The last erythrosuchid—a revision of Chalishevia cothurnata from the late Middle Triassic of European Russia

Richard Butler, Andrey G. Sennikov, Martin Ezcurra, David Gower

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Erythrosuchidae is a clade of early archosauriform reptiles that were large-bodied, hypercarnivorous, possibly apex predators in late Early and Middle Triassic ecosystems following the Permo-Triassic mass extinction. Chalishevia cothurnata from the late Middle Triassic (Ladinian) of Russia, is the stratigraphically youngest known erythrosuchid species, but the holotype and referred material of this taxon has received little study. Here, we provide the first detailed anatomical description of C. cothurnata, including comparisons to other erythrosuchids. Although known from relatively fragmentary material, the anatomy of C. cothurnata is distinctive, including an autapomorphic strongly slanted ventral border of the antorbital fossa. The presence of a large accessory opening (the “accessory antorbital fenestra”) in the skull between the premaxilla, nasal and maxilla, together with the inferred presence of a narrow postnarial process of the premaxilla that articulated with a slot on the nasal, provides strong evidence for a sister taxon relationship between C. cothurnata and the erythrosuchid Shansisuchus shansisuchus from the early Middle Triassic (Anisian) of China. The inferred basal skull length of C. cothurnata was approximately 80 cm, making it one of the largest erythrosuchids known.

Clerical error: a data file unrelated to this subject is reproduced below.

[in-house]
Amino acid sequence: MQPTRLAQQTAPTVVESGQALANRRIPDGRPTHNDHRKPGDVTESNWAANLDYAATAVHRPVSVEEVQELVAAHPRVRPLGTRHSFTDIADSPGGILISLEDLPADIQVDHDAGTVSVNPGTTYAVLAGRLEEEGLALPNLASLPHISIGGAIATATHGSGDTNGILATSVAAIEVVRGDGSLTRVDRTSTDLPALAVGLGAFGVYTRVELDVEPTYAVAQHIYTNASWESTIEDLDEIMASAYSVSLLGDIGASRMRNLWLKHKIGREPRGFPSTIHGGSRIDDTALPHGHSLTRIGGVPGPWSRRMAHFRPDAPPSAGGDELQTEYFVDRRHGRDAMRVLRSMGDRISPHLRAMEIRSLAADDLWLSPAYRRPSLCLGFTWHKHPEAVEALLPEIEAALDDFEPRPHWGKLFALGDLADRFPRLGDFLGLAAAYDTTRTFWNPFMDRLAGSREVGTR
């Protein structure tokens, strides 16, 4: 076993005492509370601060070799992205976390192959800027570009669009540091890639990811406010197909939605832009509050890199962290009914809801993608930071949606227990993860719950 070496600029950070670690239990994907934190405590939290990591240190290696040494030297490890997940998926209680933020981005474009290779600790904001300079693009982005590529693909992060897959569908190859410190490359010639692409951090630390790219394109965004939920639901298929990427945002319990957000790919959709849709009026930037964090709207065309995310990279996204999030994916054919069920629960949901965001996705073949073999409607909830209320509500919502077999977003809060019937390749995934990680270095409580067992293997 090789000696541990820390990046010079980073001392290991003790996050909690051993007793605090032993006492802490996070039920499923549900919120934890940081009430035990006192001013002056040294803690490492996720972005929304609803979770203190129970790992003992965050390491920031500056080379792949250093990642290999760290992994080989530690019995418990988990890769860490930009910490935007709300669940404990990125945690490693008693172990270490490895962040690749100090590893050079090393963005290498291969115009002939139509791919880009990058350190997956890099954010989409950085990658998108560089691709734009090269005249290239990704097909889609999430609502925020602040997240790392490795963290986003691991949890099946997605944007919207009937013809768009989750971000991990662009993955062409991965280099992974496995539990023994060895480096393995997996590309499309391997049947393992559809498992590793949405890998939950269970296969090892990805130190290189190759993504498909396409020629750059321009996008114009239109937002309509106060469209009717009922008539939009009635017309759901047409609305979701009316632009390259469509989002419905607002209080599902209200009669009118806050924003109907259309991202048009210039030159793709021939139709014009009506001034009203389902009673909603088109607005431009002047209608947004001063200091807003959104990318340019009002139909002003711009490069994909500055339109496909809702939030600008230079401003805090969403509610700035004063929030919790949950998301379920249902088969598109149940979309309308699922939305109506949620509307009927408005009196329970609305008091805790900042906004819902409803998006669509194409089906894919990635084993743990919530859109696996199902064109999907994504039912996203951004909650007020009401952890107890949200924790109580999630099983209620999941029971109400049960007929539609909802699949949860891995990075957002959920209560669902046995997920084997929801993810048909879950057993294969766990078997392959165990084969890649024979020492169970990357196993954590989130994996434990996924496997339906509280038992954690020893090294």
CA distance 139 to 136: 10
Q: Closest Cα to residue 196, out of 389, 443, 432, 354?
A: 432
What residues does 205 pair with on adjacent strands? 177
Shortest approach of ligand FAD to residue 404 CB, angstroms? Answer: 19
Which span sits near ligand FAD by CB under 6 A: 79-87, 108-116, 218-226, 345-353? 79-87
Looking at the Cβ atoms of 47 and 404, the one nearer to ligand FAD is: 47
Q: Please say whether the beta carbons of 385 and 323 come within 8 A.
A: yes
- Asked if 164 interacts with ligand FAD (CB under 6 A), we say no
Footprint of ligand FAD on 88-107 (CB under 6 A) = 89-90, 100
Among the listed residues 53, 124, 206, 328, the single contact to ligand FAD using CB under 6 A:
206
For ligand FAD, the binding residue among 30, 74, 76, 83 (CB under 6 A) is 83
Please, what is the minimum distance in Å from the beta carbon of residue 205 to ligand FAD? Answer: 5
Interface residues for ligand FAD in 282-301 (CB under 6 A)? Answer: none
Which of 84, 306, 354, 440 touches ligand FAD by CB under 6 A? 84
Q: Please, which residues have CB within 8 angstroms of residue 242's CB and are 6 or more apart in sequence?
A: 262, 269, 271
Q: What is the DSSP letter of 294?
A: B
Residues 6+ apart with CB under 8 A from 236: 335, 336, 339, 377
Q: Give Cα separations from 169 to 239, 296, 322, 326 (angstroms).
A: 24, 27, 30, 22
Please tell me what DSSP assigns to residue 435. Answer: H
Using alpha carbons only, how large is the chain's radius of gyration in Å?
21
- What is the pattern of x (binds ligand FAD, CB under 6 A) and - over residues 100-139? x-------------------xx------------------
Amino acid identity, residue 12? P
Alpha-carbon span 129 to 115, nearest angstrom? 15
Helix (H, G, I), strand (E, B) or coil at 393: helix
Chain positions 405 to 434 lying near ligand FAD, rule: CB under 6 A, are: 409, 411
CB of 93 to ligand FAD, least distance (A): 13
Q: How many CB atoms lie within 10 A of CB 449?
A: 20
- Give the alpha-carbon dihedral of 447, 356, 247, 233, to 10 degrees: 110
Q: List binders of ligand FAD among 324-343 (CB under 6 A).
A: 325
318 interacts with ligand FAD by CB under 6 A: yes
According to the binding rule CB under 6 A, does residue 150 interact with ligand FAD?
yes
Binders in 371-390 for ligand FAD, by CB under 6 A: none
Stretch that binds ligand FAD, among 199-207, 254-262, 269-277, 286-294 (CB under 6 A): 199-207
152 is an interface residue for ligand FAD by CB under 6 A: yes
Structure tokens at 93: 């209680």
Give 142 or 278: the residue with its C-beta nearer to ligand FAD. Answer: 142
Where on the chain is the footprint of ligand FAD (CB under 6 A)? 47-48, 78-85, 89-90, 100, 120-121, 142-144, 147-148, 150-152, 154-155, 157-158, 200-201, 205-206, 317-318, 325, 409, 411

Original languageEnglish
Pages (from-to)757-774
Number of pages18
JournalActa Palaeontologica Polonica
Issue number4
Early online date28 Oct 2019
Publication statusPublished - 2019


  • Archosauriformes
  • Erythrosuchidae
  • anatomy
  • Triassic
  • Ladinian
  • Russia
  • Bukobay Gorizont


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